Open Innovation

The term “Open innovation” is attributed to Henry Chesbrough, faculty director of the Center for Open Innovation by the University of California, Berkeley, in his book published in 2003: "Open Innovation – The new imperative for Creating and Profiting from Technology”. It can be summarized in the following quote: Open innovation assumes that firms can and should use external ideas as well as internal ideas, and internal and external paths to market (…) Valuable ideas can come from inside or outside the company and can go to market from inside or outside the company as well.

Open Innovation is a new management paradigm that sees innovation as an open system where internal and external actors participate in the process of innovating and improving the competitive opportunities of the organization. It is not so much a technological challenge as a significant change in the organization’s attitude and process.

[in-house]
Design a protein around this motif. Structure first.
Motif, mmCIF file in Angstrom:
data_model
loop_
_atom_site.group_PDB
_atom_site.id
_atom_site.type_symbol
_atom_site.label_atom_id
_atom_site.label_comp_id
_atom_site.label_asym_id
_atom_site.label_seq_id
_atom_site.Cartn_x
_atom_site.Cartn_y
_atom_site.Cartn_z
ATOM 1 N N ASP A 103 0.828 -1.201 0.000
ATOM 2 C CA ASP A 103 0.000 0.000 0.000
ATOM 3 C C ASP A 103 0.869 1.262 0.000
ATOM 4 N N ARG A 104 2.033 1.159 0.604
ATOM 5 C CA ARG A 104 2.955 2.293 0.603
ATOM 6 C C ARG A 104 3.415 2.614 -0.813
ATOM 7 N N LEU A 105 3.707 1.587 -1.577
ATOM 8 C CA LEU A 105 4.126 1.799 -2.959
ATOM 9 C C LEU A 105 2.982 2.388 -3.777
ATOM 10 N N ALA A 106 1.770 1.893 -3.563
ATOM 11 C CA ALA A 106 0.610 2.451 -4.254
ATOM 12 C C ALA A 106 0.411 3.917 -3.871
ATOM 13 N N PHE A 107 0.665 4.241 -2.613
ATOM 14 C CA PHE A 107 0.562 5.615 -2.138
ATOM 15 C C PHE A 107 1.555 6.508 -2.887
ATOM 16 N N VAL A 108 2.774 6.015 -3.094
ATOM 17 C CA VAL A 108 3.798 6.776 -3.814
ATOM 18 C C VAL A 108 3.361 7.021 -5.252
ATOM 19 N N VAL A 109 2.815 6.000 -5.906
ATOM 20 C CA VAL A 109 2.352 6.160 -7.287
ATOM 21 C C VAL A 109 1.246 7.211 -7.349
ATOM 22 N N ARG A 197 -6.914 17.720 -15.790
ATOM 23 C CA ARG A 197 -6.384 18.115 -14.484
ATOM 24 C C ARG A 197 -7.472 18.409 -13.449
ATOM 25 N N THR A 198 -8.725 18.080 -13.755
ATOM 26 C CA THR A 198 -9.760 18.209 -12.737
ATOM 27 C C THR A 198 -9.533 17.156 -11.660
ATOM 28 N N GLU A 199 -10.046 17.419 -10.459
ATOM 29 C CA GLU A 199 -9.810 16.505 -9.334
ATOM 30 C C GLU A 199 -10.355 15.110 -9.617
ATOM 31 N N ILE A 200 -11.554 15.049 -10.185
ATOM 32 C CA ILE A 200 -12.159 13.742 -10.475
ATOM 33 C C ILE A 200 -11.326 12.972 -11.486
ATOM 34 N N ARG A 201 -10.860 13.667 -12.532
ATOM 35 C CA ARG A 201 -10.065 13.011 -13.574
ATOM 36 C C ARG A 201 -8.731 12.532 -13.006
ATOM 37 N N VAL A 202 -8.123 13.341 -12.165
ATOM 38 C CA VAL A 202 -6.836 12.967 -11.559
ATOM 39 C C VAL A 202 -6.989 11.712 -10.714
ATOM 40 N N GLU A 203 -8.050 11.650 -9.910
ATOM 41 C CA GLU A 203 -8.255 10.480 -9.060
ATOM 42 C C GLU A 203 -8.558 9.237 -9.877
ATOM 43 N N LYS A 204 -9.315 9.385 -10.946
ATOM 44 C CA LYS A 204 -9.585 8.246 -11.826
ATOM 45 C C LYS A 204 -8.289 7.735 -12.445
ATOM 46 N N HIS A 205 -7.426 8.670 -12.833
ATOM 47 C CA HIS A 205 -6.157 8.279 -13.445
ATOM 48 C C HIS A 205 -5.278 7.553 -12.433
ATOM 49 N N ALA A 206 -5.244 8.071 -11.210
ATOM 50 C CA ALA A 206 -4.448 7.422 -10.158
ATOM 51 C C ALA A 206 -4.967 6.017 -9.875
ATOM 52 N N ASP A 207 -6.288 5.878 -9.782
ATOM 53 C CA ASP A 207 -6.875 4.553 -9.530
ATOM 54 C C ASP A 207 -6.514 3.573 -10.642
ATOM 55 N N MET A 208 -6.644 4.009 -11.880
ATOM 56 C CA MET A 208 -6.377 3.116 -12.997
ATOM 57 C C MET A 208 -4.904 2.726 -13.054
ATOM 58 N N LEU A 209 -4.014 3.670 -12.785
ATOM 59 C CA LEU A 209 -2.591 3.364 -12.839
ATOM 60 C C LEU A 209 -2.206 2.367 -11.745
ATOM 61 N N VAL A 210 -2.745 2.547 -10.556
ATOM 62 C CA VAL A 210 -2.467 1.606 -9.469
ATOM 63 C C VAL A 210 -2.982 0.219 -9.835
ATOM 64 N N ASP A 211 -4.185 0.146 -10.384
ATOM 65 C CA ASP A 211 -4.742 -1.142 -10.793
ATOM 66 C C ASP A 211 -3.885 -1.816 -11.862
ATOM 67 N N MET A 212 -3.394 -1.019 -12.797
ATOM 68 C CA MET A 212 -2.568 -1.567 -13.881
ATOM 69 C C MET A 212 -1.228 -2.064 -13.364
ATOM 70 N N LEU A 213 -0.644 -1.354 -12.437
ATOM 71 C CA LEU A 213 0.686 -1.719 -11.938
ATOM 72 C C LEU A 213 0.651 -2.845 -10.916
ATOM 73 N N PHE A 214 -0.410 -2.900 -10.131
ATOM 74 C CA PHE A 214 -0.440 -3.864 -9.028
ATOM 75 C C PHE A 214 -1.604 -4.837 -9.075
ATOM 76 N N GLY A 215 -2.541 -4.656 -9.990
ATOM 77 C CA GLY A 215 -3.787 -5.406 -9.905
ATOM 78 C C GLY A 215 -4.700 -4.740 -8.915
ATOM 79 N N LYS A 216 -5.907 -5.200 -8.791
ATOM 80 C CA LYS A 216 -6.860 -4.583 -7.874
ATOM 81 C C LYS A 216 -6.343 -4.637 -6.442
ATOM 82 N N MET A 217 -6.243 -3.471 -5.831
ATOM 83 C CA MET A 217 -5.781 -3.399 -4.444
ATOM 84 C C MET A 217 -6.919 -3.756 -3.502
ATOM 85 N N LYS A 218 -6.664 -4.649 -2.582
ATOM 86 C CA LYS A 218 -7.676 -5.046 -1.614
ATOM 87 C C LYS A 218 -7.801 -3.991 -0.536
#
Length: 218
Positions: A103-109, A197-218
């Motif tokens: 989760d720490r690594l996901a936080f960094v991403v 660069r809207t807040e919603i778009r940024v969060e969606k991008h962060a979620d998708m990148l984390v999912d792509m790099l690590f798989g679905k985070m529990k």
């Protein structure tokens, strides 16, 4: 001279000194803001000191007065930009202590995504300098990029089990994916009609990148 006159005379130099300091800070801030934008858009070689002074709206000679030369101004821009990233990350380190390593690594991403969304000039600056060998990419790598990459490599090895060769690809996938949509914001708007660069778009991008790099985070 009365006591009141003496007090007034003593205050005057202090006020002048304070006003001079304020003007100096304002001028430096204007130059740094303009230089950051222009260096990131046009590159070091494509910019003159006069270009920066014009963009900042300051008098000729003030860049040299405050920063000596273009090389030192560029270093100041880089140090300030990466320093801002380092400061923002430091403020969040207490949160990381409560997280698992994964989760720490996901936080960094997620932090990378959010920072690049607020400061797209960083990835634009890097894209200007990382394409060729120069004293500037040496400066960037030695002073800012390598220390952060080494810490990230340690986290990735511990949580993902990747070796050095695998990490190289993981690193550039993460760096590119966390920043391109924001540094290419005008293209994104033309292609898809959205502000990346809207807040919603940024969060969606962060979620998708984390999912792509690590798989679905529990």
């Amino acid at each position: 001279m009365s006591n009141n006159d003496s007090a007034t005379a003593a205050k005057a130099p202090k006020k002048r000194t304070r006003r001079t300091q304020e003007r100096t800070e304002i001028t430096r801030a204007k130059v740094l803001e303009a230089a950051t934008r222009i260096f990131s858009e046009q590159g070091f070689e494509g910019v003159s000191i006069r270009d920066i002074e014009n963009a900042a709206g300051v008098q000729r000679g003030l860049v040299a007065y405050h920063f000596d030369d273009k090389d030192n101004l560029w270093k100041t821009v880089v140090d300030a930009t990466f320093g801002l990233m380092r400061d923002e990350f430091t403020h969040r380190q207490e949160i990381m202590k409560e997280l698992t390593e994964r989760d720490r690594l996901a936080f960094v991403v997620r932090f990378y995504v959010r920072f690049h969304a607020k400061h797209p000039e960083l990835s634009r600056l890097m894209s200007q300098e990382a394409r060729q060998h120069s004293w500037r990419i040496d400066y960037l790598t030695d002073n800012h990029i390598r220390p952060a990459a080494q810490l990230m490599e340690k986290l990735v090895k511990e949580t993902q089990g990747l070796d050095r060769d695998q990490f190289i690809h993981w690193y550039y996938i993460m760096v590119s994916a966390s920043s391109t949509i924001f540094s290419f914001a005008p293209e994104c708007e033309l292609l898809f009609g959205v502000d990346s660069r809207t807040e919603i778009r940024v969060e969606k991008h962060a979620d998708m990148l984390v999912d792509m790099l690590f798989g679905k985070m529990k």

Openness, collaboration and creativity search are key to open innovation. Ideas can be developed on the inside of a company, but also in a collaborative way by different organizations, or they can be imported from an external organization, managing potential conflicts. Organization’s innovations and technologies can be bought, sold, licensed, borrowed and reinvented before coming onto the market and from its audience. This can be done through spin-offs or patent licensing, among other ways.

Therefore, it is a huge shift in the prevailing paradigm of the organization that allows it to be faster and more competitive than the competition and to add the greatest possible value. According to several studies, organizations committed to open innovation work with a much wider partner network and move up and down the value chain.  

There are numerous tools, practices and guides available to introduce open innovation in your organization. There is extensive updated literature available online.